Warning: array_shift() expects parameter 1 to be array, boolean given in /htdocs/public/www/config/ecran_securite.php on line 283 Géminis Papeles de Salud - Four decades of drug war tyranny may come to an end with Ron Paul's new effort to legalize marijuana / Accede al Congreso de EEUU una iniciativa que pretende la legalización del cannabis. La aprobación, estiman sus promotores, sería un golpe al narcotráfico

Número aproximado de visitas a este artículo: 401

Mike Adams, the Health Ranger Editor of NaturalNews.com, June 23, 2011
El Universal, México, 24 junio 2011

Four decades of drug war tyranny may come to an end with Ron Paul’s new effort to legalize marijuana / Accede al Congreso de EEUU una iniciativa que pretende la legalización del cannabis. La aprobación, estiman sus promotores, sería un golpe al narcotráfico

Lawmakers to introduce bill to legalize marijuana

Four decades of the so-called "War on Drugs" has led only to the suffering of millions of innocents, the crowding of our prisons with non-violent citizens, the utter waste of billions of dollars on law enforcement and the (in)justice system, and the enriching of underground drug gangs who thrive on violence. The outlawing of marijuana in America has been a disastrous political policy and an insane medical policy. It has labeled biochemical addicts "criminals" and thrown them in prisons to be treated like dogs / En una propuesta que difícilmente tomará cuerpo de ley, pero que habla de las tendencias y la dinámica del debate sobre el consumo de la mariguana en Estados Unidos, una comisión bipartidista de legisladores presentó ayer ante el Congreso una iniciativa que legalizaría el consumo de la mariguana a nivel federal

Four decades of drug war tyranny may come to an end with Ron Paul's new effort to legalize marijuana / Accede al Congreso de EEUU una iniciativa que pretende la legalización del cannabis. La aprobación, estiman sus promotores, sería un golpe al narcotráfico

(Como complemento, indispensable entendemos, de la iniciativa legislativa estadounidense, recomendamos echar una ojeada a Algunas propiedades terapéuticas del cannabis, que ni la DEA ni la CIA ni el lobby farmacéutico transnacional, y sus inmensos recursos económicos y coercitivos, han conseguido silenciar ni ocultar por completo).

México D.F., a 24 de junio de 2011

El Universal

Plantean a Congreso de EU legalizar mariguana

La aprobación, estiman, sería un golpe a los traficantes

Viernes 24 de junio de 2011 J. Jaime Hernández/ Corresponsal | El Universal

Washington.— En una propuesta que difícilmente tomará cuerpo de ley, pero que habla de las tendencias y la dinámica del debate sobre el consumo de la mariguana en Estados Unidos, una comisión bipartidista de legisladores presentó ayer ante el Congreso una iniciativa que legalizaría el consumo de la mariguana a nivel federal.

La propuesta, presentada por los congresistas Ron Paul y Barney Frank, republicano y demócrata respectivamente, permitiría a los estados “legalizar, regular, fiscalizar y controlar el cultivo y comercio de la mariguana sin la interferencia del gobierno federal”.

No creo que pase en el Congreso. Pero creo que hay que dar el primer paso, que va más allá del tema de la necesidad médica y es parte de un proceso de educación”, aseguró Barney, un legislador instalado en el ala más liberal del Partido Demócrata.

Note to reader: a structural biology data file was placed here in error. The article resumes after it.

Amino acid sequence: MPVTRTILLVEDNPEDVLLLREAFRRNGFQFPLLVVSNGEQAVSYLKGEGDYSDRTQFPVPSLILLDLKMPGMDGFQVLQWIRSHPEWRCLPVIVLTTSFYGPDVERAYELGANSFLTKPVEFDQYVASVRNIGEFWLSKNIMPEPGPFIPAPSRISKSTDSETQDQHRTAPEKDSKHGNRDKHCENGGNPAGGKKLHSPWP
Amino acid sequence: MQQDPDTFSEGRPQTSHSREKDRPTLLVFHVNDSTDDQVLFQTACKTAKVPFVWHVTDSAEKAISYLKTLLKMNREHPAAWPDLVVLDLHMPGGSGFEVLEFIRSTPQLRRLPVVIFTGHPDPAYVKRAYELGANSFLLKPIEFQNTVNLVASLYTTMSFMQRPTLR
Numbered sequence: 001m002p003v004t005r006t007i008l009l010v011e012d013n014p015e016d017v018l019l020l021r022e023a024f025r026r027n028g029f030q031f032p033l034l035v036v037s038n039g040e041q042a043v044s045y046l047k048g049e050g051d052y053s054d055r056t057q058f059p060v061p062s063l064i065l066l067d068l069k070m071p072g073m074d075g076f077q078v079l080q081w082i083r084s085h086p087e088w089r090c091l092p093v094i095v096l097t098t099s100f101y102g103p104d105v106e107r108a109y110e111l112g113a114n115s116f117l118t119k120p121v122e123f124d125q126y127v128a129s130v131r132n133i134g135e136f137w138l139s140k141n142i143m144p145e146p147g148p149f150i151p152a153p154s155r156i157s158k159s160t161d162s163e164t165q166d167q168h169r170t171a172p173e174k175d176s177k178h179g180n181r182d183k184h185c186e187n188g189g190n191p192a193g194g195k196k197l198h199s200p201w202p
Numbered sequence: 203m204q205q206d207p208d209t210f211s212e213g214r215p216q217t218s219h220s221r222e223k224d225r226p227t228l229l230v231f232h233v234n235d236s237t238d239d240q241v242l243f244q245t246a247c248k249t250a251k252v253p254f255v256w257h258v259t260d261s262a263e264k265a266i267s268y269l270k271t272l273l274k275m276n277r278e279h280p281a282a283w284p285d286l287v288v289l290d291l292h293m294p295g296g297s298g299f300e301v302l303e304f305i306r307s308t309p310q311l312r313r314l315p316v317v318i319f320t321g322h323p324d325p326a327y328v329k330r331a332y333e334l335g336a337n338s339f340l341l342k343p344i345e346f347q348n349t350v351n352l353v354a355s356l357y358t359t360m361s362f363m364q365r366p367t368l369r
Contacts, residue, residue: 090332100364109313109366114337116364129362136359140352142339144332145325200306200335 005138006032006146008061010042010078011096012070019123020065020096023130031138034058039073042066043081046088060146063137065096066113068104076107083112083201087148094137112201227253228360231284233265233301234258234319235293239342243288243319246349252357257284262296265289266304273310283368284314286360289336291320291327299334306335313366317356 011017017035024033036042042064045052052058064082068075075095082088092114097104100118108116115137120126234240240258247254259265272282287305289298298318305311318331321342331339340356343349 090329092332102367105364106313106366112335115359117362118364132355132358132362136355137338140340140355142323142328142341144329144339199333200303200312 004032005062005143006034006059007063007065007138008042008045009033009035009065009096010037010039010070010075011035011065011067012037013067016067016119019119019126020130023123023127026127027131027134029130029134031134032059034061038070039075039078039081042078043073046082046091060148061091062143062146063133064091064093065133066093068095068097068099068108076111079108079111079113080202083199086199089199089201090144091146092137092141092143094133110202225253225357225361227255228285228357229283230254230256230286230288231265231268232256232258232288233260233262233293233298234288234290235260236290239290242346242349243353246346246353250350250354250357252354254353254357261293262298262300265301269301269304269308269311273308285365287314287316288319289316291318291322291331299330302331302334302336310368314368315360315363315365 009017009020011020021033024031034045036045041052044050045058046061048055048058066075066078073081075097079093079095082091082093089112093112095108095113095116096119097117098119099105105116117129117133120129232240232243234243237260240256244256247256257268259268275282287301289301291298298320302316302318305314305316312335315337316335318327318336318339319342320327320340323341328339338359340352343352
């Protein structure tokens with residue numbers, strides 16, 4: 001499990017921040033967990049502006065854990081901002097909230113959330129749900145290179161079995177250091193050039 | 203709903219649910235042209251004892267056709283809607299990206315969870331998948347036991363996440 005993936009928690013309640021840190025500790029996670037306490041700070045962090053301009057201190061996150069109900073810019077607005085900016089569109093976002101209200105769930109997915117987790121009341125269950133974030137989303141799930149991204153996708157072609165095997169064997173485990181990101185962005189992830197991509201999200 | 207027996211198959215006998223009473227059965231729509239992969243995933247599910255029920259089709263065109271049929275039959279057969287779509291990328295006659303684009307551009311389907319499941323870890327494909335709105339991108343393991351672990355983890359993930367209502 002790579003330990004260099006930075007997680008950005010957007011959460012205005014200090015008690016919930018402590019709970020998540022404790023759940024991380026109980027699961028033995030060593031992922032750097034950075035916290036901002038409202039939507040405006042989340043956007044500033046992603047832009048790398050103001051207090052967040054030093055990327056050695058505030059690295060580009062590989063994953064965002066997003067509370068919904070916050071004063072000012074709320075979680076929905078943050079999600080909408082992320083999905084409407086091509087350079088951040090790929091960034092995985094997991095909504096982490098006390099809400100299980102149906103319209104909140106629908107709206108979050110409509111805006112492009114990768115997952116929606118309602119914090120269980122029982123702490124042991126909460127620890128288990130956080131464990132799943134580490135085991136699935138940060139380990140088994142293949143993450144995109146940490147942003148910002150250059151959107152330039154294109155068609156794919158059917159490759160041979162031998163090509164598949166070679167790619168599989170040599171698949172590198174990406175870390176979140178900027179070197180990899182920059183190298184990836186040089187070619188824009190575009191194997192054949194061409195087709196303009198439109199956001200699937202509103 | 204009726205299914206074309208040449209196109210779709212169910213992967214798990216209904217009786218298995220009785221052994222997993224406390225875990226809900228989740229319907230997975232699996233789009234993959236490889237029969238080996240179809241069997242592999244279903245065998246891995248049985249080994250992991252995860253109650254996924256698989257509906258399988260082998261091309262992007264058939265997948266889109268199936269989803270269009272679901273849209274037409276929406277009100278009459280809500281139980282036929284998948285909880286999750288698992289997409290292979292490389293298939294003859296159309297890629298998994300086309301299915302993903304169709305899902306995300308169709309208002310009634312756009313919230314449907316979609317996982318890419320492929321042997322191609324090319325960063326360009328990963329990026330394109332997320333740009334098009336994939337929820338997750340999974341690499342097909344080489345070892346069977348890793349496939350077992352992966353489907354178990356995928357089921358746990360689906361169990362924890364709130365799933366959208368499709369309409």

Aunque la propuesta intenta evitar que desde el gobierno federal se persiga a quienes representan a la próspera industria de la mariguana desde los 16 estados que ya la han legalizado con fines medicinales, sus promotores han defendido el impacto que esta legalización tendría en los ingresos de los cárteles de la droga mexicanos.

Cerca de la mitad del dinero de los cárteles es generado por el comercio de mariguana, de modo que legalizar la mariguana y ponerla en un marco regulador sería un enorme golpe para los cárteles”, consideró el congresista Jared Polis, demócrata por Colorado, al defender el ángulo económico de una iniciativa que difícilmente llegará a buen puerto en una cámara dominada por el Partido Republicano.

Al presentar su iniciativa, tanto Frank como Paul aseguraron que “la legislación limitaría el papel del gobierno federal a la hora de controlar la mariguana (y) permitiría a los ciudadanos plantar, usar o vender mariguana legalmente en los estados donde sea legal”.

Actualmente, plantar, vender o distribuir comercialmente cannabis es ilegal, según la legislación federal y la administración del presidente Barack Obama ya ha advertido que se opone a toda forma de legalización a nivel federal.

Pero, en opinión de los legisladores que respaldan la propuesta, ésta “acabaría con el conflicto entre estados y gobierno federal sobre la política a seguir respecto a la mariguana”, cuyo consumo con fines medicinales ya está regulado en Alaska, Arizona, California, Colorado, Delaware, Hawai, Maine, Michigan, Montana, Nevada, Nueva Jersey, Nuevo México, Oregon, Rhode Island, Vermont y Washington.

La oficina de la líder de la minoría demócrata en la Cámara de Representantes, Nancy Pelosi, se abstuvo de señalar si acaso la representante por California apoyaba la propuesta que sí han respaldado, en cambio, los demócratas John Conyers, Steve Cohen y Barbara Lee.

Cambiar la estrategia

Hace tres semanas la “Comisión Global de Políticas de Drogas” —que incluye a prestigiosos líderes como el secretario general de las Naciones Unidas, Ban Ki-moon; los ex presidentes de Brasil, Colombia y México, Henrique Cardoso, César Gaviria y Ernesto Zedillo, además de los escritores Carlos Fuentes y Mario Vargas Llosa—, se pronunció a favor de cambiar de estrategia y de hablar abiertamente de la necesidad de descriminalizar drogas blandas como la mariguana.